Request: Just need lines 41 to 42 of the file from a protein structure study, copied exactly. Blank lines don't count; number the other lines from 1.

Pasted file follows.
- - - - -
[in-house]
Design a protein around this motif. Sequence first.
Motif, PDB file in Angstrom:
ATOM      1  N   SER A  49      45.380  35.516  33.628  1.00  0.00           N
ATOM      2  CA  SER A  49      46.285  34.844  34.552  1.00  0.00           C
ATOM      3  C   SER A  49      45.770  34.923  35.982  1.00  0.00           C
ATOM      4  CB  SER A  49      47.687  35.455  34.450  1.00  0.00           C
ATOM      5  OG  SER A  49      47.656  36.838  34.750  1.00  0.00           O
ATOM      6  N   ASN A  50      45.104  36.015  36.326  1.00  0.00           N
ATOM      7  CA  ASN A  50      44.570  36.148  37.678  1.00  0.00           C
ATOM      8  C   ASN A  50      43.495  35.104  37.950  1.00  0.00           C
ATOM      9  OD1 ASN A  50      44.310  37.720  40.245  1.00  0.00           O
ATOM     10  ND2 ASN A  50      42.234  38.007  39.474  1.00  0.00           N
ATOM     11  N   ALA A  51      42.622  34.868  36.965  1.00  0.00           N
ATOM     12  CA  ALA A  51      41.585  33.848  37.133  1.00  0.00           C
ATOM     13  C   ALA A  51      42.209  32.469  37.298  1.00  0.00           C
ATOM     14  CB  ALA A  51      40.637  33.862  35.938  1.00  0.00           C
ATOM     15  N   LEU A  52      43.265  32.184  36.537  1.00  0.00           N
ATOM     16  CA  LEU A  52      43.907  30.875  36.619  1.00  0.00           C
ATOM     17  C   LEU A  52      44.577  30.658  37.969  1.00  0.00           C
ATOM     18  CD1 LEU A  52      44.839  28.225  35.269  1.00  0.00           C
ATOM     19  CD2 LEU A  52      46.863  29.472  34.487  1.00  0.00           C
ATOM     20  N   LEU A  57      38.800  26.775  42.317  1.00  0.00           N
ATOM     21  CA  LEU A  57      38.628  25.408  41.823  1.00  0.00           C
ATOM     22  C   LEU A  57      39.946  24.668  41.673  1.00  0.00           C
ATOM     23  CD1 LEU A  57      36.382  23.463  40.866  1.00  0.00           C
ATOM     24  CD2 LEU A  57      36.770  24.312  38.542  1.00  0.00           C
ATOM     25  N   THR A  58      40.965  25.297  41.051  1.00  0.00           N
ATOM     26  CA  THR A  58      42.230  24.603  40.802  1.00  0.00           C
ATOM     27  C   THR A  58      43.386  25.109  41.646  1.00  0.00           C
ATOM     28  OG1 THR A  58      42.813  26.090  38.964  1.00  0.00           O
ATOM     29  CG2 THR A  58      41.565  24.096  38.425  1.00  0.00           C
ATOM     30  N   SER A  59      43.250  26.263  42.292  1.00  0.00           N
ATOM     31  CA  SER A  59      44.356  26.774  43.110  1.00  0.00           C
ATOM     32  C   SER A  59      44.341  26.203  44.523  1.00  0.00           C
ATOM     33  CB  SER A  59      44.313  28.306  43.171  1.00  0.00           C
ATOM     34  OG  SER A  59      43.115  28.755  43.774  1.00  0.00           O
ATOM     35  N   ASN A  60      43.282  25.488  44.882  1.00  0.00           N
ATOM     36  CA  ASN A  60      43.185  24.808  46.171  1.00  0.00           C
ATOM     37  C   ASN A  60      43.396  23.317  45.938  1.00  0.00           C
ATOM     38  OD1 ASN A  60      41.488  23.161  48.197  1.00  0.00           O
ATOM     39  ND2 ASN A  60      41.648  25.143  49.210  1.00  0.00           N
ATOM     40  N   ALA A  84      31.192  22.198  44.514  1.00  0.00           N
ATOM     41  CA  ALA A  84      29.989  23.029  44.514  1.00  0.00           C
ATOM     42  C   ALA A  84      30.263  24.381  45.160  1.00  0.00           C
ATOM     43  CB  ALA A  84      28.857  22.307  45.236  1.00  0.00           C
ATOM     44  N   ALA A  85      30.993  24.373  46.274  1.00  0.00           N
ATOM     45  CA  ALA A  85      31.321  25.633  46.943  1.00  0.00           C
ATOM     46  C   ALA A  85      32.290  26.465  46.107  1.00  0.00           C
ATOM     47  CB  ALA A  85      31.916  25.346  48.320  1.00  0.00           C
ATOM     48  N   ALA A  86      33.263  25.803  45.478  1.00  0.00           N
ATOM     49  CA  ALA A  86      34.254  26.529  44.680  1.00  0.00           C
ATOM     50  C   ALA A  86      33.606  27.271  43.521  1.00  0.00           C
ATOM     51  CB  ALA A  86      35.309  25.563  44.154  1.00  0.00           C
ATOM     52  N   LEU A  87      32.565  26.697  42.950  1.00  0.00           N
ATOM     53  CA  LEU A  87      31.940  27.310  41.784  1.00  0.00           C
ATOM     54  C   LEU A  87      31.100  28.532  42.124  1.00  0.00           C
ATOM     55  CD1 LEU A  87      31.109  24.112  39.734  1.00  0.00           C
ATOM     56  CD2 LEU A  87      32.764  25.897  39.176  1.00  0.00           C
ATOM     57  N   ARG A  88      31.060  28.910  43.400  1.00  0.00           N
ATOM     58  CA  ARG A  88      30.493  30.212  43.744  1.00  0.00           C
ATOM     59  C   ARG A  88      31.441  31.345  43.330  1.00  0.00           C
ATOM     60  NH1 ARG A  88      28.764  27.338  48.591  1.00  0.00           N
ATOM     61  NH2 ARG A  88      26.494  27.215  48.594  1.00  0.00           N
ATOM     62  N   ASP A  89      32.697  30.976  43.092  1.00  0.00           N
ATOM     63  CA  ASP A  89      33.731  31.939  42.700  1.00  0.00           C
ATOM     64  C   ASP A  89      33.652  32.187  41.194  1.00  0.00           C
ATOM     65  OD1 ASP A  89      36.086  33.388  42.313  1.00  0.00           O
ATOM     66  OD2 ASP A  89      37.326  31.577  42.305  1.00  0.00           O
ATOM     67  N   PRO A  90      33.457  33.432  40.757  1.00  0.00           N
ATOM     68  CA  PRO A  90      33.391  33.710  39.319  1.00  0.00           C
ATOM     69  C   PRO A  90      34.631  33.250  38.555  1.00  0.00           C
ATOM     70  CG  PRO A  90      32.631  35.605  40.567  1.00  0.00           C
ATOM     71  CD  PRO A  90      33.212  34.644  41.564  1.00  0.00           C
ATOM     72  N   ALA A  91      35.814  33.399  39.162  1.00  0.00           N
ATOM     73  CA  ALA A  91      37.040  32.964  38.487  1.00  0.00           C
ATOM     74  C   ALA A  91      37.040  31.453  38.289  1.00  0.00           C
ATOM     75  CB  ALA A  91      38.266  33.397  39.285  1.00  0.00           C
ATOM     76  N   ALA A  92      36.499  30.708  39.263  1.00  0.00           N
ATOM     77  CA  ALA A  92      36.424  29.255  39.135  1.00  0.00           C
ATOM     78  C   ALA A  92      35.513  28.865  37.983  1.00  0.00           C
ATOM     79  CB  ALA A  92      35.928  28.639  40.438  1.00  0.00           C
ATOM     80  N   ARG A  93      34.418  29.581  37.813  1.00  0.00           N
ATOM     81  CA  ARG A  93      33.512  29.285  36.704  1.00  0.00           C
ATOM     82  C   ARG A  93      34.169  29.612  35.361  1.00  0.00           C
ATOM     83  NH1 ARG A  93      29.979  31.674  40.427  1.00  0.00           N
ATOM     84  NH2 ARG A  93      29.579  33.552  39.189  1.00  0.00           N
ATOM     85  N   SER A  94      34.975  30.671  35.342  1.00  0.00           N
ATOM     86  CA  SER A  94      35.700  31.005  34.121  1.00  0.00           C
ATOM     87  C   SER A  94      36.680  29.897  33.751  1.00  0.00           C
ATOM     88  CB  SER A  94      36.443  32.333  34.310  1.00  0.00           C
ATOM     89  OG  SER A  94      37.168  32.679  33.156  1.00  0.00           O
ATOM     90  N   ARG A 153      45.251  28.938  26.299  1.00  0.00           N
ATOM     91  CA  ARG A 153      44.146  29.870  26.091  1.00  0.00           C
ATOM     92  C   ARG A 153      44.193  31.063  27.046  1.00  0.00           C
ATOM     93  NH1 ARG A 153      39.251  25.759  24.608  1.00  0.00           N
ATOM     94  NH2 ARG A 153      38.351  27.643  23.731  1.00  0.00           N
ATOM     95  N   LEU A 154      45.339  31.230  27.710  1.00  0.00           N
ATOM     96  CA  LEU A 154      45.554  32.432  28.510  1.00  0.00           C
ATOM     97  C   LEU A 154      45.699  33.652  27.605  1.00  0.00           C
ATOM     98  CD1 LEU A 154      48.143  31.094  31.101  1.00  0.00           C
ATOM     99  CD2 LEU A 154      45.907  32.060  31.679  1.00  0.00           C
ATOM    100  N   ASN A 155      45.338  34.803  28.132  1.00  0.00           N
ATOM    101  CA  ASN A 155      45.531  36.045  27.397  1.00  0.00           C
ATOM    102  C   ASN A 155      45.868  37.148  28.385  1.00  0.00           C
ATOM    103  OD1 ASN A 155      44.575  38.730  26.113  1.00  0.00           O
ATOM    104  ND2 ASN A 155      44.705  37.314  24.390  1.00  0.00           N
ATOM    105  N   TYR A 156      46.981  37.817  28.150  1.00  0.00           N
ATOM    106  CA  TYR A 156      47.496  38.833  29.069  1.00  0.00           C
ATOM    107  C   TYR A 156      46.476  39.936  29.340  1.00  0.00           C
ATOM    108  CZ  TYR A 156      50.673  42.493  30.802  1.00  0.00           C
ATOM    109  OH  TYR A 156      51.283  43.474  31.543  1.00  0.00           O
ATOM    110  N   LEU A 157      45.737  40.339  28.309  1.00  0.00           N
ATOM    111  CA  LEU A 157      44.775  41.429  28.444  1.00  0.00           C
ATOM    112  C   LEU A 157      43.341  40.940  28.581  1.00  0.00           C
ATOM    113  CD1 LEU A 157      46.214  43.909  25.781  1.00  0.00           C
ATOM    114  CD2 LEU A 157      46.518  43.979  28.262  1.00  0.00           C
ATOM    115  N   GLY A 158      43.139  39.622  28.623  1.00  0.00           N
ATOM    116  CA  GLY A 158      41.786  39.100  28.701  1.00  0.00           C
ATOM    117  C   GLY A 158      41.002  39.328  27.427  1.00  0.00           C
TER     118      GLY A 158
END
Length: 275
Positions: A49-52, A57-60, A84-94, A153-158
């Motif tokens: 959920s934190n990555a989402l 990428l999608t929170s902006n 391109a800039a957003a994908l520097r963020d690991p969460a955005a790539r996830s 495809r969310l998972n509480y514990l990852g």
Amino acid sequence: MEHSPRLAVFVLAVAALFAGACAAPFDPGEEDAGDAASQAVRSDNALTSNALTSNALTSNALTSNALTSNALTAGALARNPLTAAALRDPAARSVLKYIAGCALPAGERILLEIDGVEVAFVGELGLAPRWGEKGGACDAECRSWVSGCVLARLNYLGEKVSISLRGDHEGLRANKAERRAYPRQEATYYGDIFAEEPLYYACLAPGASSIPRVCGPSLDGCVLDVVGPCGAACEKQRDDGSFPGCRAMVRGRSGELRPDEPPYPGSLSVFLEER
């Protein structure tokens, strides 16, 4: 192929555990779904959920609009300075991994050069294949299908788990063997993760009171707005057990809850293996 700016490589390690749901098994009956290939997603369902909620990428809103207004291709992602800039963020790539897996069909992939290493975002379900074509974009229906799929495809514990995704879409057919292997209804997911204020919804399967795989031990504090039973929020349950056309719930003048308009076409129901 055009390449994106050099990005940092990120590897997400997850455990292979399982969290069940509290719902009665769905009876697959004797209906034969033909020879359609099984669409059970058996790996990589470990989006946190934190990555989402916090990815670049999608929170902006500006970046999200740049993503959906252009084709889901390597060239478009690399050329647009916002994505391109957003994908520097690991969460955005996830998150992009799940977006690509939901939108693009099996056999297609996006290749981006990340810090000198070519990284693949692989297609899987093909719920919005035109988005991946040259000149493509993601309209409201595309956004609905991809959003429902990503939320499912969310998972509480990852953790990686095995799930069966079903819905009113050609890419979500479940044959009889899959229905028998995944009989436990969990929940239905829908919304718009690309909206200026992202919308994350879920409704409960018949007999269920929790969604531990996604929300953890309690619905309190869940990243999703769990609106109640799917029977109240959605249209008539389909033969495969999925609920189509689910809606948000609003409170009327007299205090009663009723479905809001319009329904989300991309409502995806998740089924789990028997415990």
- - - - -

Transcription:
ATOM     38  OD1 ASN A  60      41.488  23.161  48.197  1.00  0.00           O
ATOM     39  ND2 ASN A  60      41.648  25.143  49.210  1.00  0.00           N